With the upcoming election only months away, Republicans and Democrats are gearing up to battle their way into the White House.
With tension growing every day, many may be surprised to find one issue bringing both parties together: a drug abuse bill introduced by Senator Joe Munchin (D) of West Virginia.
The stigma of addiction is the most difficult to shake of any disease. Often those suffering know help is available, but many people who are addicted feel shame, embarrassment, and fear in coming forward and asking for help. A prescription drug abuse bill aimed at reducing the rate of opioid abuse could be the catalyst for many to shake that stigma of addiction and come forward for help. The bill has been well received by many and has even gained the backing of President Obama.
The very word “addiction” conjures stereotypical images of homeless addicts, drug paraphernalia, and other extremes absorbed from mass media.
The reality of drug abuse in America is that while drugs are smuggled across borders and peddled on street corners, addiction takes many forms and often goes unnoticed. One of the biggest drug threats in America comes from your local pharmacy. Fatal drug overdoses are rapidly increasing, the vast majority of which are caused by opioids.
“Of the 21.5 million Americans 12 or older that had a substance use disorder in 2014, 1.9 million had a substance use disorder involving prescription pain relievers and 586,000 had a substance use disorder involving heroin. (Center for Behavioral Health Statistics and Quality, 2015)”.
Studies from the National Institute on Drug Abuse shows that “from 2001 to 2014 there was a 2.8 fold increase in the total number of deaths” (“Overdose Death Rates,” 2015). The chart below that describes the number of overdose deaths from prescription drugs between 2001 and 2014. The numbers are astounding:
Overdose deaths from Benzodiazepines rose from just under 2,000 to 8,000 from 2001-2014.
National overdose death rates from prescription opioid pain reliever overdose deaths saw a rapid 3.4-fold increase, and heroin deaths increased a whopping 6-fold from 2001 to 2014 (2015).
It’s well known that prescription painkillers like morphine, oxycodone, hydrocodone, have the same active ingredient has heroin. These drugs are prescribed by many doctors without a second thought and are extremely addictive. This is where an especially dangerous example of the stigma of addiction is preventing addicts from seeking help. The focus changes from shifty deals on street corners to the average American with a white picket fence opening a bottle from the medicine cabinet. This is where it becomes especially hard for people to admit or recognize addiction and seek help. Reputation in the community begins to take precedent over health.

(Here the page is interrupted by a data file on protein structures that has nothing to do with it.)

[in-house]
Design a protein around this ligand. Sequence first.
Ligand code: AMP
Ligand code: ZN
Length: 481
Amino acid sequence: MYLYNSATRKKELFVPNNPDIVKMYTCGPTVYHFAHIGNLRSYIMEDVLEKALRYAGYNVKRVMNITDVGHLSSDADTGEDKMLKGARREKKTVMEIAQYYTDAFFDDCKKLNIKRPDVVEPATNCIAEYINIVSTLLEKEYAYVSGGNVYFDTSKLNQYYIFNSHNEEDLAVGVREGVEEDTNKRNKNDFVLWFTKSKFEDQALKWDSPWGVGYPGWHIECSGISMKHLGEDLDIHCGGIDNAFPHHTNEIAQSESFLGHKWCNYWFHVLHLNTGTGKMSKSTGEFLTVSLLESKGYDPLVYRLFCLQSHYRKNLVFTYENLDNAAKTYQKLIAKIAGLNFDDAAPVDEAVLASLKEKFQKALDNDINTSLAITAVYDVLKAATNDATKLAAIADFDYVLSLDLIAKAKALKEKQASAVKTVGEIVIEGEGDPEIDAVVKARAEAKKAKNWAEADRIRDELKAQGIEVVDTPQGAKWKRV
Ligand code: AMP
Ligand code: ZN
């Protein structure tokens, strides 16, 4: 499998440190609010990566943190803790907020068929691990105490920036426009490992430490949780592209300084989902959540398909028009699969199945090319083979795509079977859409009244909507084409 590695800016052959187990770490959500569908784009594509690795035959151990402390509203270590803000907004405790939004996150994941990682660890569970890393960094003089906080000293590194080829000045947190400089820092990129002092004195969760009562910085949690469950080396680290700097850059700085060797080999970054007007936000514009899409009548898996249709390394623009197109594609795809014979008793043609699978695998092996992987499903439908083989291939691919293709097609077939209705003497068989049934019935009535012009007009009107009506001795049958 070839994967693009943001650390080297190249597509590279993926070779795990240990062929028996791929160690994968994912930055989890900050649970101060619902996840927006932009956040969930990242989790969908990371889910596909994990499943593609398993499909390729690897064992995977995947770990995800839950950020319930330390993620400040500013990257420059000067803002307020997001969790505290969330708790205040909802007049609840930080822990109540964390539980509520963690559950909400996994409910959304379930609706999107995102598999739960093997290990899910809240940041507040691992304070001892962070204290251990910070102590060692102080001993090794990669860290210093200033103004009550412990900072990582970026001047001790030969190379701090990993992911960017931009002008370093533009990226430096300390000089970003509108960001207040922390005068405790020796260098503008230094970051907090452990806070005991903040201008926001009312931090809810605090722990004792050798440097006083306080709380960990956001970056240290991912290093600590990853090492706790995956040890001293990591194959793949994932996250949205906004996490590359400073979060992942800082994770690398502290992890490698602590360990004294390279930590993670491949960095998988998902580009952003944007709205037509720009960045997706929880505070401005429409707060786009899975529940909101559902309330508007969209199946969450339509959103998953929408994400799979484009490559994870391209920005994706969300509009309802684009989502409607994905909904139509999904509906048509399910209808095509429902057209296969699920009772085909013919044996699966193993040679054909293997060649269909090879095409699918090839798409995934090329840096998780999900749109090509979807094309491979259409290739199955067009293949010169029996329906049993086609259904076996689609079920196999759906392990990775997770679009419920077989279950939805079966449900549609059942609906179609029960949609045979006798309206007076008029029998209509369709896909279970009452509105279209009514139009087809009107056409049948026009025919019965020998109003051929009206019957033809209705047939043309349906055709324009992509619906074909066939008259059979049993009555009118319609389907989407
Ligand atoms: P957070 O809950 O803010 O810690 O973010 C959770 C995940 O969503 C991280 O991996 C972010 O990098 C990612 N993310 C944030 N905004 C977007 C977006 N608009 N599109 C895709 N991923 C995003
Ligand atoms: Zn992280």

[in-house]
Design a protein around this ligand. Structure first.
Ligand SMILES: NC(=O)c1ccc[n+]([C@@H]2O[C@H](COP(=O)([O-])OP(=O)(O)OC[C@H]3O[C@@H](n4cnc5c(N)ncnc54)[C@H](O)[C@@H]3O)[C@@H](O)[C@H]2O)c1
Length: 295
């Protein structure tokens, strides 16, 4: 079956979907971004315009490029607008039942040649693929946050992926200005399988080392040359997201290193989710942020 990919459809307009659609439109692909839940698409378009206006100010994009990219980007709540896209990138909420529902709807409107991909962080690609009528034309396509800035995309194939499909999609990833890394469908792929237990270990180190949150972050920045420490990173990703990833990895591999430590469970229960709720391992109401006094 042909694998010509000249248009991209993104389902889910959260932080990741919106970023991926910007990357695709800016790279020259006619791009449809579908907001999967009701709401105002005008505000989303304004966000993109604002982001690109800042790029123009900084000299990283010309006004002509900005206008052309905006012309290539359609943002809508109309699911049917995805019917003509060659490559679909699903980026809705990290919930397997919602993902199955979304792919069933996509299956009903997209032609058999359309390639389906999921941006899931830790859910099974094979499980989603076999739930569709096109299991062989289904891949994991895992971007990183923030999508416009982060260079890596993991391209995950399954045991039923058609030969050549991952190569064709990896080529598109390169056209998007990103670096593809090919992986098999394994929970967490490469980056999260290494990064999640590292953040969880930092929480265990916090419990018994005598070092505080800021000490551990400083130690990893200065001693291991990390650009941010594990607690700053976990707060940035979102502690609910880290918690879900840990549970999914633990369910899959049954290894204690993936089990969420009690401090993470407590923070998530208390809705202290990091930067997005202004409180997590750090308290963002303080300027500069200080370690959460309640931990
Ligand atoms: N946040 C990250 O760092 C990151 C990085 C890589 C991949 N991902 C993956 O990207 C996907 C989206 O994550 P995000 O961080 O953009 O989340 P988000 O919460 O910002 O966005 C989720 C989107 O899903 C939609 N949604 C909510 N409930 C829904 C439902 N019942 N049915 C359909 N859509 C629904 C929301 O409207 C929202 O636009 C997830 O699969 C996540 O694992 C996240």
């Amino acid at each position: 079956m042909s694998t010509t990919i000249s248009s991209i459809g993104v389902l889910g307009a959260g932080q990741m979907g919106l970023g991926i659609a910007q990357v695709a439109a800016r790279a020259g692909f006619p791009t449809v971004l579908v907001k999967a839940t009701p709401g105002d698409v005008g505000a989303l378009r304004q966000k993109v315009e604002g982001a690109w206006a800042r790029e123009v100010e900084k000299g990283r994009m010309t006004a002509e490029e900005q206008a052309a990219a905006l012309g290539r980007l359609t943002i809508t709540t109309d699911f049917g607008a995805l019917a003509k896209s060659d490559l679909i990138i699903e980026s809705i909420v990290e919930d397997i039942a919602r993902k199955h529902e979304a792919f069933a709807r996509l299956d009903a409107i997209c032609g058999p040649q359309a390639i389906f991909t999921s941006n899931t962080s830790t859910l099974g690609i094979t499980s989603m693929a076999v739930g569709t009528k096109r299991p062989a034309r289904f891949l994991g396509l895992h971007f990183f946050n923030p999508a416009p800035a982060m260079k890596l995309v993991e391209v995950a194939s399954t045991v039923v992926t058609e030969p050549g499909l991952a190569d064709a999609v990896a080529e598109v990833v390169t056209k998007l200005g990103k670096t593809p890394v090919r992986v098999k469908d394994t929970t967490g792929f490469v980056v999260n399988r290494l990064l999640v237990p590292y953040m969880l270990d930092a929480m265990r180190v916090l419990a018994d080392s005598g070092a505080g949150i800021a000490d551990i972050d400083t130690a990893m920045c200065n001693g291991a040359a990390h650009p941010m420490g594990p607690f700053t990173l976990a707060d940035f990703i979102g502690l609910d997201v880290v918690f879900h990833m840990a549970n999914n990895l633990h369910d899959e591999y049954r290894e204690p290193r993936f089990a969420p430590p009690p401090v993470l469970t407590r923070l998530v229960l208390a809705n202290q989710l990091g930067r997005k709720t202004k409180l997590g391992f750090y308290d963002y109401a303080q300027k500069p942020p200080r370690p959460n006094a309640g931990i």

The drug abuse bill headed to the Senate floor would drastically change the restrictions on commercially available opioids.
Medical practitioners will be required to receive more intensive training in pain management and use of opioids. By amending the Public Health Service Act, the bill targets education of patients as well. Many safety measures are already in place in the United States; increasingly tight management of pain clinics creates less opportunity for abuse by controlling the dispensing of opioids and requiring a patient to have their medication counted on each visit to minimize the chances of abuse.
As both parties come together to try and introduce legislature shedding light on a rapidly growing problem in America, perhaps the stigma on addiction can be lifted just enough to encourage those suffering to come forward. Addiction is not black and white. Grey areas abound, and in these grey areas we find the same pain and suffering this disease creates in all forms. Help is available to all, and like elected officials are doing, we too must speak up.
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All Info – S.1431 – 114th Congress (2015-2016): Prescription Drug Abuse Prevention and Treatment Act of 2015. (n.d.). Retrieved January 29, 2016, fromhttps://www.congress.gov/bill/114th-congress/senate-bill/1431/all-info
Center for Behavioral Health Statistics and Quality. (2015). Behavioral health trends in the United States: Results from the 2014 National Survey on Drug Use and Health (HHS Publication No. SMA 15-4927, NSDUH Series H-50). Retrieved fromhttp://www.samhsa.gov/data/
Overdose Death Rates. (2015, December). Retrieved February, 2016, fromhttp://www.drugabuse.gov/related-topics/trends-statistics/overdose-death-ra…